The apparatus for measuring the change in position is diagrammatically depicted in FIG. 3. Referring to FIG. 3, the optical fiber 10 with the edge filter sensor 11 is connected through a lens 30 and a beam splitter 31 to a polychromatic light source 32. The polychromatic light passes into and is reflected back from the sensor 11, the curve of the reflected light being that shown at 20 in FIG. 2. That reflected beam indicated at 34 strikes a beam splitter 35 that reflects about half of the light toward a narrow band transmission interference filter 38. The remaining portion passes through the beam splitter 35 and is directed to a second narrow band transmission interference filter 40. The transmission curve for the filter 38 is shown at 41 in FIG. 2 and the transmission curve for the filter 40 is shown at 42 in FIG. 2. The portion of the beam passing through the filter 40 is a reference beam. It is directed through a lens 45 to a photodetector 46 that generates an output voltage proportional to the intensity of the light striking the photodetector. Since the reference curve 42 is well under the curve 20 of the reflected light, the intensity of that curve should not change except for variations in the system such as the intensity of the light from the source 32, dust on the lenses, beam splitters, and the like.
The filter 38 is precisely selected so as to provide a transmission curve having a slope 50 that intersects the slope 21. Since the edge filter 11 reflects only the wavelengths under the curve 20, and since the filter 38 passes only the wavelengths under the curve 41, the area defined by the portions below the intersection of the two transition lines 21 and slope 50, as indicated at 51, defines the intensity of the transmission through the filter 38. That beam is focused by a lens 55 onto a photodetector 56 that generates an output voltage proportional to the intensity of the light impinging on the photodetector. The voltages from the respective photodetectors 46 and 56 are fed through amplifiers 57 and 58, respectively, to a ratio unit 60 that provides an output proportional to the ratio of the two inputs, that output being directly proportional to the parameter that is being monitored. That signal indicated at 61 is fed to an output display or analog-to-digital converter and computer indicated at 62.
By referring to FIG. 3, it can be seen that if the parameter being monitored causes the slope 21 to shift to the left, a greater area 51 corresponding to a greater intensity of light will be passed through the filter 38 to impact on the photodetector 56. That greater intensity will be indicative of a change in the parameter being monitored. Similarly, when the slope 21 shifts to the right, the area 51 encompassed by the two curves shrinks and a much lower level of intensity impacts the photodetector 56.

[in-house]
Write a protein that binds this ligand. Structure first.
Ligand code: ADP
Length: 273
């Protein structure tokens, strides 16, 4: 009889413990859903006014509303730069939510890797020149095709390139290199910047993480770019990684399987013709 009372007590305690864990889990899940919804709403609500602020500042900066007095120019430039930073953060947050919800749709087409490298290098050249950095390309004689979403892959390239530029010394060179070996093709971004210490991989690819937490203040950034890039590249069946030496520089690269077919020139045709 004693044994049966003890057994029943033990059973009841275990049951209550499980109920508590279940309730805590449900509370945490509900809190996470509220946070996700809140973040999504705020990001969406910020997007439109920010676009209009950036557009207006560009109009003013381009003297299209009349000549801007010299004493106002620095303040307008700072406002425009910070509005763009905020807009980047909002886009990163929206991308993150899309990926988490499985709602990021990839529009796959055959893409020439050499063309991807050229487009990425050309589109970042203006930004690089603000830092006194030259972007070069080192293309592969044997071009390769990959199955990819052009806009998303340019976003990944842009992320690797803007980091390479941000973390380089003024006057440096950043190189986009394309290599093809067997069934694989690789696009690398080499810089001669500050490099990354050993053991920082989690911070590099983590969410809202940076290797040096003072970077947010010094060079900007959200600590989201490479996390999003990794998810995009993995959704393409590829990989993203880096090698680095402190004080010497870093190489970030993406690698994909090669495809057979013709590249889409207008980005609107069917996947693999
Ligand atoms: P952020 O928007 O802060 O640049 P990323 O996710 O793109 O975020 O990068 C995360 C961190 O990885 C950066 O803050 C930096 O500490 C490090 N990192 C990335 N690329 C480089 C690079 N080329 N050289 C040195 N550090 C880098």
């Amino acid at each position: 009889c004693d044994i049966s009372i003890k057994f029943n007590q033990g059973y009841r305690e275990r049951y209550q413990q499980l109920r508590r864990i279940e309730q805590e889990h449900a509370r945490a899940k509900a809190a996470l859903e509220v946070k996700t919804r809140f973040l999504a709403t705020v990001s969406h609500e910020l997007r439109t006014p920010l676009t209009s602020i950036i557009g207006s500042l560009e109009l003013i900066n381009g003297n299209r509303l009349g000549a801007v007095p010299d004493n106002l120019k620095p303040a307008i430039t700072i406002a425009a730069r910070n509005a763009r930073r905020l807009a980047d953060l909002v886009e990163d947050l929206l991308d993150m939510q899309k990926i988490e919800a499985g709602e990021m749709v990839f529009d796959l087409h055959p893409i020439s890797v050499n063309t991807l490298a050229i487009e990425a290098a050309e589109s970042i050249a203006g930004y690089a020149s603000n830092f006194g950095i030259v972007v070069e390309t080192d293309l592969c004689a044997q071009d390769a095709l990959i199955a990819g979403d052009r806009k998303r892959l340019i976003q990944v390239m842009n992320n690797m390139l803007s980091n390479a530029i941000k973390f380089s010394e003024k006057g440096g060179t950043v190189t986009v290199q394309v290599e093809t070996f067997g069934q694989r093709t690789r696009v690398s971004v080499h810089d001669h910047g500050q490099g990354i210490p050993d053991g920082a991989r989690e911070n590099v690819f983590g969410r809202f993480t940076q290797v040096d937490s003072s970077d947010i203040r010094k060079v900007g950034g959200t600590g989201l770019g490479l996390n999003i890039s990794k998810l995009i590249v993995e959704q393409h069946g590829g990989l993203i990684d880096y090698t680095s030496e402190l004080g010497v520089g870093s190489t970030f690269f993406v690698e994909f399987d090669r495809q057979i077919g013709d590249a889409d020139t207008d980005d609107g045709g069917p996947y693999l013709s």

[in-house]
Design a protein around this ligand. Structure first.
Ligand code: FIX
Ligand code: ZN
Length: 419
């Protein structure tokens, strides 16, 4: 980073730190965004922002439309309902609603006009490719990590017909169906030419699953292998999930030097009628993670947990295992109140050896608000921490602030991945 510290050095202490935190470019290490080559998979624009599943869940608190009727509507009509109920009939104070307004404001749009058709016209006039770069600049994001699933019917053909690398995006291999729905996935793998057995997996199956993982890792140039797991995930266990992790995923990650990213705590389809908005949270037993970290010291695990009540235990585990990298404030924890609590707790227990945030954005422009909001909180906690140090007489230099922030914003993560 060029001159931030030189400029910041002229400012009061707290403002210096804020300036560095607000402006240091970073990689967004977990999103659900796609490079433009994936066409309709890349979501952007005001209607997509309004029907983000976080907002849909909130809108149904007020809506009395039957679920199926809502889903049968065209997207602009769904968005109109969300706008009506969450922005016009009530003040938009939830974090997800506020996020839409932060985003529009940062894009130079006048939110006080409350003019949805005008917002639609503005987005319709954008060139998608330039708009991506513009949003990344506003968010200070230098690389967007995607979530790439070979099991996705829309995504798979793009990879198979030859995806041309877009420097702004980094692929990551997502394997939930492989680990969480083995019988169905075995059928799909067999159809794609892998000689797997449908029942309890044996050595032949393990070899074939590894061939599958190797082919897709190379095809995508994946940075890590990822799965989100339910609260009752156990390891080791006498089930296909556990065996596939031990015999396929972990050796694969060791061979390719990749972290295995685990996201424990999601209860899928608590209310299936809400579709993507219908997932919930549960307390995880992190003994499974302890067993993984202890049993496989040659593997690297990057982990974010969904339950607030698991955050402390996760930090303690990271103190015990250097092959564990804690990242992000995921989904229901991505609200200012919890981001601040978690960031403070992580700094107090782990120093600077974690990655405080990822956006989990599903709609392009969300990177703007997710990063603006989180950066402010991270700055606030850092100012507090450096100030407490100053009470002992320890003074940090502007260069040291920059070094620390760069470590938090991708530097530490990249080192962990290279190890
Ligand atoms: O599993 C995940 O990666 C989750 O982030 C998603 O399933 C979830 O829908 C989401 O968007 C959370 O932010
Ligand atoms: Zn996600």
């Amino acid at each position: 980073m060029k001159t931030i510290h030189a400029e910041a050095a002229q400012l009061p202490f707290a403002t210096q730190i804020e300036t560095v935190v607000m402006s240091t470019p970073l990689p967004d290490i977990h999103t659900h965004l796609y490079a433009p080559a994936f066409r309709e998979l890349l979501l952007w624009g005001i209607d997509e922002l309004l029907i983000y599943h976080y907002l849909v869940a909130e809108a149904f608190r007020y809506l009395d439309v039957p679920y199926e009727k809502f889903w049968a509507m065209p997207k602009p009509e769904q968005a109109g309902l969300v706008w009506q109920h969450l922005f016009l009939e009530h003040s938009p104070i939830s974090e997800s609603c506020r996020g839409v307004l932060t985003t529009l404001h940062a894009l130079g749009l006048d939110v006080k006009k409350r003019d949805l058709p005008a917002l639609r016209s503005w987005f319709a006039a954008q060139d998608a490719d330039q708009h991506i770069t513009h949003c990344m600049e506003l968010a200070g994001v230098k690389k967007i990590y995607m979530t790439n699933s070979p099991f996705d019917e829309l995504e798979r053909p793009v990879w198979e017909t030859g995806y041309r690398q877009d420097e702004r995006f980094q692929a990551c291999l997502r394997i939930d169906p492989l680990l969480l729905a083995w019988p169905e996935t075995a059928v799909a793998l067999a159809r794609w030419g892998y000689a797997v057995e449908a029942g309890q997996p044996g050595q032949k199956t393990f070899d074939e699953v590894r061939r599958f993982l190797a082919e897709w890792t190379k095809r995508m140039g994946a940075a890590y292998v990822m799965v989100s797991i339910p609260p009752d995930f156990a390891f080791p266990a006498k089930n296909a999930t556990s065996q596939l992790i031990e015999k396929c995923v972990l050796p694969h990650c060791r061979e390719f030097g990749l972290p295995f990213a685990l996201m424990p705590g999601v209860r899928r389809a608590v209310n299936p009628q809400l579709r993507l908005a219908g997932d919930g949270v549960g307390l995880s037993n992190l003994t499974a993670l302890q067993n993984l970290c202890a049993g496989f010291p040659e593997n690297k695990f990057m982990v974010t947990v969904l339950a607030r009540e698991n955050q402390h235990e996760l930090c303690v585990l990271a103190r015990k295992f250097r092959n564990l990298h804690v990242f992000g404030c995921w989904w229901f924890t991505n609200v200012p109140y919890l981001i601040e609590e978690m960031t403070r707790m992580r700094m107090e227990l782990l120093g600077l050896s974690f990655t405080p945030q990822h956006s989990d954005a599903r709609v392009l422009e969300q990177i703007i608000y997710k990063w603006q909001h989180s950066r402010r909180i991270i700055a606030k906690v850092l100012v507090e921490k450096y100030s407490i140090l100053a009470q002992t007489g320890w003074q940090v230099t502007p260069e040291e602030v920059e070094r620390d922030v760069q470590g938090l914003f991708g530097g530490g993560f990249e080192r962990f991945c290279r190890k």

While the invention has been described in relation to an interference filter at the end of an optical fiber, the polychromatic light being reflected from it, it should be understood that light transmitted through the edge filter could be employed. For example, a loop of optical fiber could be provided with the edge filter disposed intermediate the ends of the loop. The polychromatic light would be launched into one end of the loop and received at the other end of the loop. Such a system would be more suitable for monitoring parameters other than blood pressure and temperature since it is not feasible to insert such a loop into patient's blood vessel.
From the foregoing, it can be understood that the present invention has application to the measurement of parameters in environments other than human blood.
From the above disclosure of the general principles of the present invention and the preceding detailed description of a preferred embodiment, those skilled in the art will readily comprehend the various modifications to which the present invention is susceptible. Therefore, I desire to be limited only by the scope of the following claims and equivalents thereof:
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|U.S. Classification||600/480, 600/549, 600/561, 600/488, 374/E11.018|
|International Classification||G01K11/12, A61B5/0215, G01D5/26|
|Cooperative Classification||G01D5/268, G01K11/12, A61B5/02154|
|European Classification||G01D5/26F, A61B5/0215D, G01K11/12|
|Apr 25, 1988||AS||Assignment|
Owner name: MEDEX, INC., 3637 LACON ROAD, HILLIARD, OH 43026 A
Free format text: ASSIGNMENT OF ASSIGNORS INTEREST.;ASSIGNOR:NICHOLSON, WARREN B.;REEL/FRAME:004896/0891
Effective date: 19880413
Owner name: MEDEX, INC., A CORP. OF OH,OHIO
Free format text: ASSIGNMENT OF ASSIGNORS INTEREST;ASSIGNOR:NICHOLSON, WARREN B.;REEL/FRAME:004896/0891
Effective date: 19880413
|May 14, 1993||FPAY||Fee payment|
Year of fee payment: 4
|Jul 8, 1997||REMI||Maintenance fee reminder mailed|
|Nov 30, 1997||LAPS||Lapse for failure to pay maintenance fees|
|Feb 10, 1998||FP||Expired due to failure to pay maintenance fee|
Effective date: 19971203